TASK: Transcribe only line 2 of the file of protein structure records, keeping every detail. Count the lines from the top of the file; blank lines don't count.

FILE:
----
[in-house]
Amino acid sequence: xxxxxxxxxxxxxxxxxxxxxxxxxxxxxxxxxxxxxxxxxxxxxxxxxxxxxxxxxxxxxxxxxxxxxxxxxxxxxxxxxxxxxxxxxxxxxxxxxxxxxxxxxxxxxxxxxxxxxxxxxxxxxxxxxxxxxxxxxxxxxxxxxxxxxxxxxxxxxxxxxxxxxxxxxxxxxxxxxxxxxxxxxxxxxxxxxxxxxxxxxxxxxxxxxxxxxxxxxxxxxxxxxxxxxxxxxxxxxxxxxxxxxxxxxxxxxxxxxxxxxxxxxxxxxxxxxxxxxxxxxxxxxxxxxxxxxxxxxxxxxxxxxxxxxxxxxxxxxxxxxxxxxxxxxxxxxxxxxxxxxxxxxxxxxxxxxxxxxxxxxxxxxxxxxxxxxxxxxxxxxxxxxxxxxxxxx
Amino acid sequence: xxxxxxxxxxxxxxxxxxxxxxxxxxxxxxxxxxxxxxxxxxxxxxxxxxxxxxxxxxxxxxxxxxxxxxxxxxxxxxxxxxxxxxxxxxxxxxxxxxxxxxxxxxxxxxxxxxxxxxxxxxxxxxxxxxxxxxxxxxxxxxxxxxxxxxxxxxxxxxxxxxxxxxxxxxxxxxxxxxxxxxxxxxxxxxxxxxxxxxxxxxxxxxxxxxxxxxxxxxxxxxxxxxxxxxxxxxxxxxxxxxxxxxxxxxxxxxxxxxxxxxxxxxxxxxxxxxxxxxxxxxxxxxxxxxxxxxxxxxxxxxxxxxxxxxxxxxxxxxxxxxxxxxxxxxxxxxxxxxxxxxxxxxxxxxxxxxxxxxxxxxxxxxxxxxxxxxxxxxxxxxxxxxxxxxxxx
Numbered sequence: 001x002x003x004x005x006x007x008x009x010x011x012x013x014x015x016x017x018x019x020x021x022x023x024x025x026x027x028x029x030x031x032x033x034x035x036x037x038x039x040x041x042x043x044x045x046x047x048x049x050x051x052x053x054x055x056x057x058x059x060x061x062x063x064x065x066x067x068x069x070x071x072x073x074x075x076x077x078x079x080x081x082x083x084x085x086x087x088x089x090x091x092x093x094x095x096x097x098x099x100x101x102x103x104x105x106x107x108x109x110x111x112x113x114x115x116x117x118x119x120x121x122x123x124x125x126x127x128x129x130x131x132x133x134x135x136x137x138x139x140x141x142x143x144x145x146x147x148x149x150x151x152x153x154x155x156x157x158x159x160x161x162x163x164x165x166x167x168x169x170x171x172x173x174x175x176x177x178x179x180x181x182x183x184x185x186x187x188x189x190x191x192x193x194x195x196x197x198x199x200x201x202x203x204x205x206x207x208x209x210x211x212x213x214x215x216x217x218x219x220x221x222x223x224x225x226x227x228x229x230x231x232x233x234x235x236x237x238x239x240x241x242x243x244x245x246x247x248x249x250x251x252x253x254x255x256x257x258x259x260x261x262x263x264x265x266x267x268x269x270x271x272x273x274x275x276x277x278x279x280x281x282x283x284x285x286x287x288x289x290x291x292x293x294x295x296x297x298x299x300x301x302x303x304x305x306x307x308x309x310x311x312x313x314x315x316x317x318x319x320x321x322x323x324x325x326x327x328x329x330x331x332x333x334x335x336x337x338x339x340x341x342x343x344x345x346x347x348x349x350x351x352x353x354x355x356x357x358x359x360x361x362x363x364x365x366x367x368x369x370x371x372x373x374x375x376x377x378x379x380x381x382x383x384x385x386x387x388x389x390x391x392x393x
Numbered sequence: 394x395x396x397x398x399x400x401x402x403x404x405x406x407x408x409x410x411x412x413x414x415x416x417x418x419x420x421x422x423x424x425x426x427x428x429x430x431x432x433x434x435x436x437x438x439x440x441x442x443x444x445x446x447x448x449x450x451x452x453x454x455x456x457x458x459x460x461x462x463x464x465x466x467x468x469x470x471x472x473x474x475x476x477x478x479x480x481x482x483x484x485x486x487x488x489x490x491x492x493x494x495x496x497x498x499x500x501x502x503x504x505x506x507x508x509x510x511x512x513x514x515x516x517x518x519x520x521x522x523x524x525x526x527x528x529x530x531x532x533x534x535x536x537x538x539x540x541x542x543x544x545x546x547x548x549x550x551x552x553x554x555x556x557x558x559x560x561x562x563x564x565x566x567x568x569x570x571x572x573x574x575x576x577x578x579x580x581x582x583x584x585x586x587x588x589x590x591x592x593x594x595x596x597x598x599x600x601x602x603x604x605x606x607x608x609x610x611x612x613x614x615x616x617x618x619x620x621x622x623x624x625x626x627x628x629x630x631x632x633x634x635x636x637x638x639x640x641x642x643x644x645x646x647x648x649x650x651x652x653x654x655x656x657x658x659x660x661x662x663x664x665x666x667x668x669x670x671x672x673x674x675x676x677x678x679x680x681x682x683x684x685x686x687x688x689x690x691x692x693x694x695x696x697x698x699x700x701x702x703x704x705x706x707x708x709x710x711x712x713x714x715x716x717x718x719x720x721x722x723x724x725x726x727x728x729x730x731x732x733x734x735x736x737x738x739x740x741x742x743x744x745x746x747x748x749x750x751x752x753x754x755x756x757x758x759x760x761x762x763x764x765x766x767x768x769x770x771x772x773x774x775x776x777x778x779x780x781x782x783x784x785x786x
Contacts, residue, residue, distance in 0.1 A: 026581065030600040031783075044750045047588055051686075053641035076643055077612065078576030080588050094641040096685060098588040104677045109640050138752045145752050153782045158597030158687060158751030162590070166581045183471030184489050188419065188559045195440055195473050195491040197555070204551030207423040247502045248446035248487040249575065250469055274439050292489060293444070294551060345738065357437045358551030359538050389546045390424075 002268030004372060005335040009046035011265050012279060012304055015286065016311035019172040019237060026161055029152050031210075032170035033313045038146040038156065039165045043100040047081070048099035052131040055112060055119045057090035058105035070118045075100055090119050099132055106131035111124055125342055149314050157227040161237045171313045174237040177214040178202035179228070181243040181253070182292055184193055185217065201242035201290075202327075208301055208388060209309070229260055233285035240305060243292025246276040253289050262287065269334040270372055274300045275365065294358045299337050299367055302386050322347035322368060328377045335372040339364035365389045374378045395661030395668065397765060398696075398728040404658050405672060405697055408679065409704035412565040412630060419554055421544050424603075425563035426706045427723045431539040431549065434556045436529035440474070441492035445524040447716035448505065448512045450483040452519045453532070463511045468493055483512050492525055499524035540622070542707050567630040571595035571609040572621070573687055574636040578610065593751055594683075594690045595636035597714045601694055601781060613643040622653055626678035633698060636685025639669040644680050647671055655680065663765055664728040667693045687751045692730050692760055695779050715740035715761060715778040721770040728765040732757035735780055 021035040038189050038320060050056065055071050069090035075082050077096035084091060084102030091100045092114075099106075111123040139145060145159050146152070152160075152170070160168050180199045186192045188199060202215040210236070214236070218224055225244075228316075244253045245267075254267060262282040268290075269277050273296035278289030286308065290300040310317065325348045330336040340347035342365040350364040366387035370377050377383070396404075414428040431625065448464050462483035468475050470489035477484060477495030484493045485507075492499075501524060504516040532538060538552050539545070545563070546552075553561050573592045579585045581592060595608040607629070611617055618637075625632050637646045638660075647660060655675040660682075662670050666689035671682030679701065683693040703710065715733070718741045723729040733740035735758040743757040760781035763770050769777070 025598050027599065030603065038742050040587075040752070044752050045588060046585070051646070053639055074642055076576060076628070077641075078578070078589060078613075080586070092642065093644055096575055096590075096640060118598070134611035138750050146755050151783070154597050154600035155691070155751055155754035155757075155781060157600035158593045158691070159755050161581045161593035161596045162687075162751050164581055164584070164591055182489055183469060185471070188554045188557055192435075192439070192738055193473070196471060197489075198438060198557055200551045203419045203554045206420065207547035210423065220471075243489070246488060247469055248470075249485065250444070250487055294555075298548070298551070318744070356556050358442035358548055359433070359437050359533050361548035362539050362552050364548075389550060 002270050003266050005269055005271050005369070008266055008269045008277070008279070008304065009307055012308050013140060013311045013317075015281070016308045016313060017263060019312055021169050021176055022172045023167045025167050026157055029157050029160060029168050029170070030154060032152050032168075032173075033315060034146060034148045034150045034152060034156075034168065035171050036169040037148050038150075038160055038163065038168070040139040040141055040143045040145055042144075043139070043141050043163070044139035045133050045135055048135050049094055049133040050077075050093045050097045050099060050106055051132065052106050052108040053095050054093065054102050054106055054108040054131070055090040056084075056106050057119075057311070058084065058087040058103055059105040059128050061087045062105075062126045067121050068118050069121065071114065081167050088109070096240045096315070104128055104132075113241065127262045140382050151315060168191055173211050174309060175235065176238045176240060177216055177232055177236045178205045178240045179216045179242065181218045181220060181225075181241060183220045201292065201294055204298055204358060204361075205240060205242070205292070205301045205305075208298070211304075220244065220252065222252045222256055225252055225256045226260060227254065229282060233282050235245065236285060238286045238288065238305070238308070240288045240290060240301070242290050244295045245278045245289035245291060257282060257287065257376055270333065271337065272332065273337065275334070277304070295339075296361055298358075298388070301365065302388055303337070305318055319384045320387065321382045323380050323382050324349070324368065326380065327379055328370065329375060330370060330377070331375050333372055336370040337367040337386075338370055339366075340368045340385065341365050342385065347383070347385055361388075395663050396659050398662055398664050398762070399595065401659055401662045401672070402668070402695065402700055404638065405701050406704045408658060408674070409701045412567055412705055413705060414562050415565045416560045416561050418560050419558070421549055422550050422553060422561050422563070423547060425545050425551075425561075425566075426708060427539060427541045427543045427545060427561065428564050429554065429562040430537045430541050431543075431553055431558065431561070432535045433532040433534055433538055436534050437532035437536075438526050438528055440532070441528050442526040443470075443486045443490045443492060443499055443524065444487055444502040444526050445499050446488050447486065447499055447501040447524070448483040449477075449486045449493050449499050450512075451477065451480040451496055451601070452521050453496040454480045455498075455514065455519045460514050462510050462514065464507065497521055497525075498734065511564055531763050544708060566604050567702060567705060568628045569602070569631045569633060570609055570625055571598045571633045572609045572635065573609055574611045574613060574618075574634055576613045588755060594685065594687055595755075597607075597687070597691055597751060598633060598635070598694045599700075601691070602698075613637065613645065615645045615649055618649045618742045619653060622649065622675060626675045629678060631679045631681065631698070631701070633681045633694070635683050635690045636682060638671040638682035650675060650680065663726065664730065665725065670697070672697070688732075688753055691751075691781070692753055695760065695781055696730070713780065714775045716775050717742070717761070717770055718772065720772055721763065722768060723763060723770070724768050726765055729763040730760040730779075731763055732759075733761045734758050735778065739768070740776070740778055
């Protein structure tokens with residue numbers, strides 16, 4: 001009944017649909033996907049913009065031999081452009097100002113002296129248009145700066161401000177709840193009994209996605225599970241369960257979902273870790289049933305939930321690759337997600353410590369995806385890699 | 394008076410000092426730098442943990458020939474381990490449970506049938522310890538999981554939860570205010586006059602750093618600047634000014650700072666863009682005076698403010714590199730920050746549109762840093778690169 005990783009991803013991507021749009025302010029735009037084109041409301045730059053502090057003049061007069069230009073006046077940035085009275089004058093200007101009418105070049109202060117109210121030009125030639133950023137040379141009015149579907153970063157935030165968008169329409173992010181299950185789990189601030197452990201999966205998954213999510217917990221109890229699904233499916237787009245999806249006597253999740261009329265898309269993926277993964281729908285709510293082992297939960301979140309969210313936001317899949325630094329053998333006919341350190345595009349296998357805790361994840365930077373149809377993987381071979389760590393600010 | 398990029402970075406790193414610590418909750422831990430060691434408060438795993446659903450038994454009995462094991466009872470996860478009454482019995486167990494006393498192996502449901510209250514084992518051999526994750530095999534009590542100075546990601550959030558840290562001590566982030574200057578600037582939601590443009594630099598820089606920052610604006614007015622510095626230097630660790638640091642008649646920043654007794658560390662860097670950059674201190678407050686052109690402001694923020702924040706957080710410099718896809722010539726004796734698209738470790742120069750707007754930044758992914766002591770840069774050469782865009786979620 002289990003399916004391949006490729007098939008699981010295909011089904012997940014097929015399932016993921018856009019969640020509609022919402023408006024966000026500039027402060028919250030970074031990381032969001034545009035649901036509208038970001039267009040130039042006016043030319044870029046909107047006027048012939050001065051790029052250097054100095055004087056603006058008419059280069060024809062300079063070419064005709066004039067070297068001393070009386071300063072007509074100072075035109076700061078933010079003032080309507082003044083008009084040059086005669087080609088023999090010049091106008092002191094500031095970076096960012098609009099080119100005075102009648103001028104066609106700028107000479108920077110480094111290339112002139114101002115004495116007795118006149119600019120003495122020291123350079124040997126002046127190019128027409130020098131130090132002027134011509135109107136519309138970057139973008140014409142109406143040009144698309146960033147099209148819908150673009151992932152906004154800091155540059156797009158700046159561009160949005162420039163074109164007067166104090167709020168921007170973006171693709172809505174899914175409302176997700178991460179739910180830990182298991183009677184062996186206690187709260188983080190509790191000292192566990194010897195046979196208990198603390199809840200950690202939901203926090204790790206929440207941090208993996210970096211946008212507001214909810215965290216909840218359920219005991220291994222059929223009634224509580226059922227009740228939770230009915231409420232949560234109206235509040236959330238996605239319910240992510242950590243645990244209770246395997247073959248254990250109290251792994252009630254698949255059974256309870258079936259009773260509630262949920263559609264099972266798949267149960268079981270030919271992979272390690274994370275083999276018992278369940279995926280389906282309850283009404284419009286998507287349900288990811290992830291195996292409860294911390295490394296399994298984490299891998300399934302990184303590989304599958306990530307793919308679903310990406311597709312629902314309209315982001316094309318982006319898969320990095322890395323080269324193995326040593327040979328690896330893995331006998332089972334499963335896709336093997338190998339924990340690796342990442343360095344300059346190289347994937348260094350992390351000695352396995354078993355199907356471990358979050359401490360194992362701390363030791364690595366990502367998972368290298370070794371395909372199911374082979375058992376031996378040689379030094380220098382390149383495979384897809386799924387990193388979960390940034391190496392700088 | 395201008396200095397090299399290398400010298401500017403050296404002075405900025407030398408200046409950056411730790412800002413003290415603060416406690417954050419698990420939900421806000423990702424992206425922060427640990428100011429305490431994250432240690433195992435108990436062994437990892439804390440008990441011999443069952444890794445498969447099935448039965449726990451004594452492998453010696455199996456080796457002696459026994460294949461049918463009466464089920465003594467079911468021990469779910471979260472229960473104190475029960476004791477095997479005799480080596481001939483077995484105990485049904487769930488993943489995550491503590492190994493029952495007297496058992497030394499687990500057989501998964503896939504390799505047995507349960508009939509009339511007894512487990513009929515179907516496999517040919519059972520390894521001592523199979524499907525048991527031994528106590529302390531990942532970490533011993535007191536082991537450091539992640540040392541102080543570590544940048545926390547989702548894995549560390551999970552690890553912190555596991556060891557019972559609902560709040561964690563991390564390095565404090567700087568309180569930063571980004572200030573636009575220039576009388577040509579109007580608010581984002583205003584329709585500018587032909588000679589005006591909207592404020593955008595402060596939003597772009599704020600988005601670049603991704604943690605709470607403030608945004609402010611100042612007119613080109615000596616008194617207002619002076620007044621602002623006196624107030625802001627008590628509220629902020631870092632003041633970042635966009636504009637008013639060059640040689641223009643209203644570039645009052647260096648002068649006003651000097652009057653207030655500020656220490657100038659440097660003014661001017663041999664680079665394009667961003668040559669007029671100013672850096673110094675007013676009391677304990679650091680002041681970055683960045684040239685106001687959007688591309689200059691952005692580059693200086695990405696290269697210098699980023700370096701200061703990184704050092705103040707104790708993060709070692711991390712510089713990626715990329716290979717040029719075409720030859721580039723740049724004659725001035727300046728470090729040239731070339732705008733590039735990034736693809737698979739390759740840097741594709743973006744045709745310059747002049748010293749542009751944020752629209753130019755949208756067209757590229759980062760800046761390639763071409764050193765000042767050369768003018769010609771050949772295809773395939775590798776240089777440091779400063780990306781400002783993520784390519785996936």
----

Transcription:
Amino acid sequence: xxxxxxxxxxxxxxxxxxxxxxxxxxxxxxxxxxxxxxxxxxxxxxxxxxxxxxxxxxxxxxxxxxxxxxxxxxxxxxxxxxxxxxxxxxxxxxxxxxxxxxxxxxxxxxxxxxxxxxxxxxxxxxxxxxxxxxxxxxxxxxxxxxxxxxxxxxxxxxxxxxxxxxxxxxxxxxxxxxxxxxxxxxxxxxxxxxxxxxxxxxxxxxxxxxxxxxxxxxxxxxxxxxxxxxxxxxxxxxxxxxxxxxxxxxxxxxxxxxxxxxxxxxxxxxxxxxxxxxxxxxxxxxxxxxxxxxxxxxxxxxxxxxxxxxxxxxxxxxxxxxxxxxxxxxxxxxxxxxxxxxxxxxxxxxxxxxxxxxxxxxxxxxxxxxxxxxxxxxxxxxxxxxxxxxxxx